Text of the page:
Really? Not to go over two? Fascinating! I, er, totally knew that because I always RTFM. Alas, I don’t use the KitchenAid to knead very often, but I should because it’s really easy and does a great job. But, I kind of like working out tension (and, I’d like to imagine, toning my arms) by hand-kneading.

I have not made a sourdough starter but there are countless people who could guide you through it.

Krissy asks two questions: I’d be curious to hear about the latest lens addition to the family…I’d like to add a wide angle sometime this year.

After fawning over wide-angle lenses for some time, Alex and I found one so (relatively) inexpensive, we caved. I understand that this is not the best reason/rationale for buying something–you know, versus “does it work well?”–but the reviews were almost all good and every other wide-angle lens was prohibitively expensive, so this was going to have to do. Problem is, we haven’t been out and about much this winter, and I think that the wide-angle lens really excels in outdoor shots (or, you know, places where there is an actual wide angle to view). Nevertheless, this is due to change in about eight days, when we go on vacation and I promise to update with a fuller report then.

Krissy’s second question: And what happened to the tips section?

I’m glad you were enjoying them–I was too–however, they were becoming impossible to keep up (once I ran out of the 40 I had written at the outset of the year) and it was causing me a terrific amount of stress-slash-guilt to maintain them. I do hope–no, plan–to resume them at some point, but certainly not before I have, say, 365 written and can just plug them into auto-posts. Daily maintenance is not much of an option so long as I have a day job!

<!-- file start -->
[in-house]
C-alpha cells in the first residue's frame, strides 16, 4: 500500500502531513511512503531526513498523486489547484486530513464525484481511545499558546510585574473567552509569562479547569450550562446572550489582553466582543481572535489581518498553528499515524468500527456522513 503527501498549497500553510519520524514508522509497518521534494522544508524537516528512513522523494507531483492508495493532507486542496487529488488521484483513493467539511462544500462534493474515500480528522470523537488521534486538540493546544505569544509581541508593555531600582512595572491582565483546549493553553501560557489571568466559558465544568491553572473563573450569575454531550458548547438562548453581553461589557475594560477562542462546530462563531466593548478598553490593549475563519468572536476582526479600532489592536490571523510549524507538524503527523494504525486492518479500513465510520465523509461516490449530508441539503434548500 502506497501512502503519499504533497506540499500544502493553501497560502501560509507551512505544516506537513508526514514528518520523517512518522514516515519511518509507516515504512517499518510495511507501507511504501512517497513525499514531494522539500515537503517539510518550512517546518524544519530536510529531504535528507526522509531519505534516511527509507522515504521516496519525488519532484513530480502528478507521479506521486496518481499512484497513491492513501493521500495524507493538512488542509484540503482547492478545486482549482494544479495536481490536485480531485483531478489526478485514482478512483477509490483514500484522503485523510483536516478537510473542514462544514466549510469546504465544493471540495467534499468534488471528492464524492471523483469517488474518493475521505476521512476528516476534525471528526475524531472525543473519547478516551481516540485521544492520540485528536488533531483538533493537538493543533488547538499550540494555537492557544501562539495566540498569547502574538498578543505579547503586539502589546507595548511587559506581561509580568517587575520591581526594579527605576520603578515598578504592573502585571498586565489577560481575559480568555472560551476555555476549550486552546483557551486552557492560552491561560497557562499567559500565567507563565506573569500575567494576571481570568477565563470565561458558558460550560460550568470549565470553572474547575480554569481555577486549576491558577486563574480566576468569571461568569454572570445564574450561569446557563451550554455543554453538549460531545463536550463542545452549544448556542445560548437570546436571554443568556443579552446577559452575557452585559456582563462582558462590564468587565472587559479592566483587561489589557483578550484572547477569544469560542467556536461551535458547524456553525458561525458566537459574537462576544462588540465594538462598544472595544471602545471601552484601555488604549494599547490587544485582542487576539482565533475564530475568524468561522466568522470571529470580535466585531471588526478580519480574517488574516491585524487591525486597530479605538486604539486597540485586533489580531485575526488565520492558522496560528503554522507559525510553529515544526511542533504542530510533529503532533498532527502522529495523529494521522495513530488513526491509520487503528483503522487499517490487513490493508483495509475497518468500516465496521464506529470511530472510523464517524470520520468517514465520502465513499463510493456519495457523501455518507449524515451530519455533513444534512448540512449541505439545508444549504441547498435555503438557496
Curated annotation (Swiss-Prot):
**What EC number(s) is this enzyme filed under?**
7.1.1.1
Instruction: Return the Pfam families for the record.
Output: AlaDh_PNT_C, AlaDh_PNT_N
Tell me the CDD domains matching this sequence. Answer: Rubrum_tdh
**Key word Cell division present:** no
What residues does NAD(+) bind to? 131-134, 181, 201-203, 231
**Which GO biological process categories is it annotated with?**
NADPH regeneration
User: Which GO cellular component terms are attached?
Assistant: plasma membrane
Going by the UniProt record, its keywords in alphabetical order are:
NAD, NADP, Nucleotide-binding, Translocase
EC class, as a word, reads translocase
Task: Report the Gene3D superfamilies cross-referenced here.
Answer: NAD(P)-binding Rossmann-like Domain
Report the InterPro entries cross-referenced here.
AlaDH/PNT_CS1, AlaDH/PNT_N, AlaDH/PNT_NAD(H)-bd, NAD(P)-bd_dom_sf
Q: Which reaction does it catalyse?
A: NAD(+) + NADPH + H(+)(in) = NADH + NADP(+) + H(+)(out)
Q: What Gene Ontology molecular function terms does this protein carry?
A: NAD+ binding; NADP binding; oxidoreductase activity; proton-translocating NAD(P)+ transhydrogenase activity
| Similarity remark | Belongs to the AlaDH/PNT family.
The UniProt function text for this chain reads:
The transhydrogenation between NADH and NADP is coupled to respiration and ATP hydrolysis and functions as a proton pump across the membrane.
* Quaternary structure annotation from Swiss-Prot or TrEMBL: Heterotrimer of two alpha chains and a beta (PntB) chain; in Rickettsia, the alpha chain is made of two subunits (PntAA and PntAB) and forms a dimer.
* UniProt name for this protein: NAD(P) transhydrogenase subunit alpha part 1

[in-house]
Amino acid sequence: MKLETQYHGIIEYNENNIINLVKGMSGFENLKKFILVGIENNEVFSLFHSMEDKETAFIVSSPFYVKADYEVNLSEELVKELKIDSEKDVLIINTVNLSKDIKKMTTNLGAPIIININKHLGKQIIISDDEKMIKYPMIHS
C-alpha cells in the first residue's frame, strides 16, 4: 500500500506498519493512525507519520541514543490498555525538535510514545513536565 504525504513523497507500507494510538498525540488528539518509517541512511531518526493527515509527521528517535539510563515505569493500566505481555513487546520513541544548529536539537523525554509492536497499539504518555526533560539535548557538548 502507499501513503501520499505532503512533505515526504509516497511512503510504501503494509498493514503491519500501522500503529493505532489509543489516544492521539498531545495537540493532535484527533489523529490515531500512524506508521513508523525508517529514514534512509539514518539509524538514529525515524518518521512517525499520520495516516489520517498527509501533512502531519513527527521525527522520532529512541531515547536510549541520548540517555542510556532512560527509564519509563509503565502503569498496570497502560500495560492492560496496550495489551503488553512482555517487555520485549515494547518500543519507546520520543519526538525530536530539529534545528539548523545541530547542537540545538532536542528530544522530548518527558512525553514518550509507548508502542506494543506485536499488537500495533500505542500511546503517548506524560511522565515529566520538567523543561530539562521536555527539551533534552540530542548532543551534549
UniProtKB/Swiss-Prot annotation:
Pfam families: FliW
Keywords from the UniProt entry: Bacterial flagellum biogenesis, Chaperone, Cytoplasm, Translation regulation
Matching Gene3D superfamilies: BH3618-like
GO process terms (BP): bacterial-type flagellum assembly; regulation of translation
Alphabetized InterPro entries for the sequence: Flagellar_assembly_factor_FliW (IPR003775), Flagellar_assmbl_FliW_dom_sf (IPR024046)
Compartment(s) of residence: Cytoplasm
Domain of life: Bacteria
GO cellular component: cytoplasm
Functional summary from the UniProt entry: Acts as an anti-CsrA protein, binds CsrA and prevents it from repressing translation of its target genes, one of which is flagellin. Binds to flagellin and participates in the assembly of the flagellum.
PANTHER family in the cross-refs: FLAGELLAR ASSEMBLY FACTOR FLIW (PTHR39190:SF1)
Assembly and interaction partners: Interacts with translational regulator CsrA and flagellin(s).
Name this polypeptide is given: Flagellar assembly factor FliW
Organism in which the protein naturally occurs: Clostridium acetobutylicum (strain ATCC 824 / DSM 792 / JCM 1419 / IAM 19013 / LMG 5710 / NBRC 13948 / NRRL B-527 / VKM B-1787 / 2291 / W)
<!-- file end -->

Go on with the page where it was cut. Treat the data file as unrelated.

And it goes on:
Myndi asks what my five favorite cookbooks are right now.

First, a little background: For the longest time, I’ve been really conservative about buying cookbooks for two reasons, one, our lack of space and two, the fact that when I’m trying to figure out what to cook for dinner or an event–typically at work, late in the afternoon–they’re never near me, and it depresses me to see them go unused. This is why you see such an overabundance of recipes pulled from the web on this site. Well, a couple months ago I had the biggest “duh!” moment when I realized that if I left some cookbooks I wanted to get through at work, I’d solve both dilemmas at once (or at least temporarily).